. This resulting high signal:noise volume was then subject to an automated segmentation procedure by which the surface representing the gray/white border was reconstructed and inflated to yield a 2D representation of the cortical surface (Dale, et al. 1999
; Dale and Sereno 1993
; Fischl, et al. 2001
) using FreeSurfer software developed at the Martinos Center, Charlestown, MA (http://surfer.nmr.mgh.harvard.edu/
Functional images were motion corrected using the AFNI algorithm (Cox 1996
; Cox and Jesmanowicz 1999
). Images were corrected for temporal drift, normalized and spherically smoothed using a 3D spatial filter (full-width-half-max: 8.7mm). The functional images were then analyzed with a General Linear Model (GLM) using a finite impulse response (FIR) model, using FreeSurfer Functional Analysis Stream (FS-FAST). The FIR model gave estimates of the hemodynamic response every 1sec as stimuli were allowed to onset on half as well as the full 2sec TR. It allowed us to address our hypotheses without assumptions about the shape of the hemodynamic response (Burock, et al. 1998
; Burock and Dale 2000
; Dale 1999
The cortical surface of each individual was morphed/registered on to an average spherical surface representation to align sulci and gyri across subjects (Fischl, et al. 1999a
; Fischl, et al. 1999b
). This structural spherical transform was used to map the GLM parameter estimates and residual error variances of each participant’s functional data to a common spherical coordinate system (Fischl, et al. 1999a
; Fischl, et al. 1999b
). Each participant’s data was then smoothed on the surface tessellation using an iterative nearest-neighbor averaging procedure, equivalent to applying a two-dimensional Gaussian smoothing kernel with a FWHM of approximately 8.5mm. Because this smoothing procedure was restricted to the cortical surface, averaging data across sulci or outside gray matter was avoided.
BOLD activity to correctly-answered trials was examined in the LD task (i.e. the trials on which the targets were correctly classified as words). In the RJ task, BOLD activity was examined to correctly-answered unrelated and related trials and to the indirectly related trials that were classified as related. However, because relatedness decisions to these indirectly related word-pairs is subjective, we also examined BOLD activity in the RJ task to all indirectly related word-pairs (regardless of how they were classified), as well as to indirectly related word-pairs that that were judged as unrelated. We note any differences in the findings revealed by these different analyses.
Because the LD and RJ tasks may have engaged neural processes at different latencies, we first examined the hemodynamic time courses that were generated during each of these tasks and to each type of word-pair, without any assumption about their overall shapes. These hemodynamic time courses were generated by averaging activity across voxels within temporal and prefrontal regions of interest at each TR (using the FIR model) and across all participants, see . The time window that captured the peak of this hemodynamic response across the two tasks and the three relatedness conditions was approximately 3–6 seconds. Therefore, all the statistical maps described below were constructed by summing activity at each voxel across this time-epoch.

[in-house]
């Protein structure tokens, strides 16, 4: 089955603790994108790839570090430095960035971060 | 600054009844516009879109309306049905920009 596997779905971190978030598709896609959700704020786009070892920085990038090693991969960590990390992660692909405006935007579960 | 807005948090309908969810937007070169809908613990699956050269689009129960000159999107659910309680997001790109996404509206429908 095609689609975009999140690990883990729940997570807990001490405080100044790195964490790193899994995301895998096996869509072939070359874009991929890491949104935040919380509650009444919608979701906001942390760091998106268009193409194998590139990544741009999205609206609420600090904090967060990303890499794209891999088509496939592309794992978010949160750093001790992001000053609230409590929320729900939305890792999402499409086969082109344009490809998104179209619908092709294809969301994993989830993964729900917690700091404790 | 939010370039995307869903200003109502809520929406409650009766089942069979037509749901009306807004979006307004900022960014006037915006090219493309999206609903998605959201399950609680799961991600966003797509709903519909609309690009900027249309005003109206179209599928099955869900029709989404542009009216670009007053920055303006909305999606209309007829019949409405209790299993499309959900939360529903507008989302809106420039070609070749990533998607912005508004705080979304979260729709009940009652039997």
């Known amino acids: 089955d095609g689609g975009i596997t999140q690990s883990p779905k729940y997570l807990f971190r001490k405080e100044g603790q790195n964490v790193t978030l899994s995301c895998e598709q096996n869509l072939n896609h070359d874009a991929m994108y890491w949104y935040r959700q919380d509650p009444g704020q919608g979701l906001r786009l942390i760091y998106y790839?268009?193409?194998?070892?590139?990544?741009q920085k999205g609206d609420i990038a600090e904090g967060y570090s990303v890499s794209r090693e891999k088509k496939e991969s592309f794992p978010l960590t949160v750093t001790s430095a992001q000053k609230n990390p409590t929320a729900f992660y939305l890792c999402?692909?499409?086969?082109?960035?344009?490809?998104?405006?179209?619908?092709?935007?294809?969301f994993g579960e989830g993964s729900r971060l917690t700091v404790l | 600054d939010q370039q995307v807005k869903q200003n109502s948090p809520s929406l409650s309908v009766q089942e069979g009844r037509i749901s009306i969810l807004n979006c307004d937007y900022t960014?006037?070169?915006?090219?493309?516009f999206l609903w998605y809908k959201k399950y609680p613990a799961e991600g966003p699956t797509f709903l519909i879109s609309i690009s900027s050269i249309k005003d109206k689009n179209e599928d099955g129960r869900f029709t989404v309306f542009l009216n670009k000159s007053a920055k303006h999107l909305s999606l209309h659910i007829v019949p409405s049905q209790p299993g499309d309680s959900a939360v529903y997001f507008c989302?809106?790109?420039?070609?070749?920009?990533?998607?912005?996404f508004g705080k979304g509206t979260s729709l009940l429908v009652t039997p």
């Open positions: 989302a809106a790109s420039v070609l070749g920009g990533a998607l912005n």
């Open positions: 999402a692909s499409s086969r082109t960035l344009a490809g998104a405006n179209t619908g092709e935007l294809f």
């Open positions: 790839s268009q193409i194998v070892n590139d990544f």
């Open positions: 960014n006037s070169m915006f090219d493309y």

Hemodynamic time courses within a priori regions of interest, showing modulation of activity to directly related, indirectly related and unrelated word-pairs in the LD and RJ tasks.
We first constructed a statistical map examining the regions activated across both tasks relative to the low-level baseline fixation condition. We also determined whether any of these regions were differentially modulated across the two tasks. We then constructed statistical maps based on planned 2 (Relatedness: directly related versus unrelated, or indirectly related versus unrelated) × 2 (Task: LD versus RJ) repeated measures ANOVAs to show the main effects of Relatedness as well as Task by Relatedness interactions. In these analyses, only ‘highest order’ effects are shown/reported. In other words, clusters that we report as showing main effects for a particular factor are those that failed to show Task by Relatedness interactions. In order to determine the sources of any significant Task by Relatedness interactions as well as to examine hemodynamic modulation by semantic relationship within the LD and RJ tasks within regions that did not show significant main effects or interactions in the overall ANOVA maps, we also constructed statistical maps comparing the directly related and unrelated word-pairs and comparing the indirectly related and unrelated word-pairs for the LD and RJ tasks separately. Finally, we constructed statistical maps that directly contrasted the directly and indirectly related word-pairs for each of the LD and RJ tasks. This enabled us to determine the specificity of any hemodynamic modulation to directly versus indirectly related word-pairs.
Correction for multiple comparisons depended on whether voxels fell within or outside a priori
regions of interest (see ). Within regions of interest (), p values for sets of contiguous voxels (clusters) were computed using a permutation (Nichols and Holmes 2002
) with 10000 iterations; a cluster was only considered significant if, on this permutation, its significance was less than p = 0.05. These clusters are indicated with a * in and . Outside regions of interest, we also report clusters that covered at least 300mm2
, with a corrected threshold for rejection of the null hypothesis of p < 0.05, identified on the basis of a Monte Carlo simulation across the whole cortical surface (Doherty, et al. 2004
). These clusters are indicated with a # in and .
Interactions with Task: Differences between the LD and RJ Tasks in hemodynamic modulation across all word-pairs relative to fixation
Hemodynamic modulation: Directly related vs. Unrelated